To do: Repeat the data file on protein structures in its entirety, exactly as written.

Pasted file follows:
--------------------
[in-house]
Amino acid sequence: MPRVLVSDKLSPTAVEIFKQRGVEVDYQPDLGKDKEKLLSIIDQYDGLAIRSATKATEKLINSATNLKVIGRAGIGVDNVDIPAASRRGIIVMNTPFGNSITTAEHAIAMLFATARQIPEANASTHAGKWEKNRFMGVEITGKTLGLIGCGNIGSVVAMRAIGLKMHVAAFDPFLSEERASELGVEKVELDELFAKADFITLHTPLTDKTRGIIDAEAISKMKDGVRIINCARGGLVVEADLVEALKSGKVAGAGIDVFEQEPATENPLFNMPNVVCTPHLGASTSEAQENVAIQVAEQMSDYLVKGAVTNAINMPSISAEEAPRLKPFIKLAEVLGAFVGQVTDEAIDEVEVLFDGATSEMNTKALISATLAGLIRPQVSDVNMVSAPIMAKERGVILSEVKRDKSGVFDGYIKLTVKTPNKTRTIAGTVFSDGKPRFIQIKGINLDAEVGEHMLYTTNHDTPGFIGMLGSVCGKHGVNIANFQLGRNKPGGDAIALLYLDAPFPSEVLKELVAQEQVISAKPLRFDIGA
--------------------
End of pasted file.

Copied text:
[in-house]
Amino acid sequence: MPRVLVSDKLSPTAVEIFKQRGVEVDYQPDLGKDKEKLLSIIDQYDGLAIRSATKATEKLINSATNLKVIGRAGIGVDNVDIPAASRRGIIVMNTPFGNSITTAEHAIAMLFATARQIPEANASTHAGKWEKNRFMGVEITGKTLGLIGCGNIGSVVAMRAIGLKMHVAAFDPFLSEERASELGVEKVELDELFAKADFITLHTPLTDKTRGIIDAEAISKMKDGVRIINCARGGLVVEADLVEALKSGKVAGAGIDVFEQEPATENPLFNMPNVVCTPHLGASTSEAQENVAIQVAEQMSDYLVKGAVTNAINMPSISAEEAPRLKPFIKLAEVLGAFVGQVTDEAIDEVEVLFDGATSEMNTKALISATLAGLIRPQVSDVNMVSAPIMAKERGVILSEVKRDKSGVFDGYIKLTVKTPNKTRTIAGTVFSDGKPRFIQIKGINLDAEVGEHMLYTTNHDTPGFIGMLGSVCGKHGVNIANFQLGRNKPGGDAIALLYLDAPFPSEVLKELVAQEQVISAKPLRFDIGA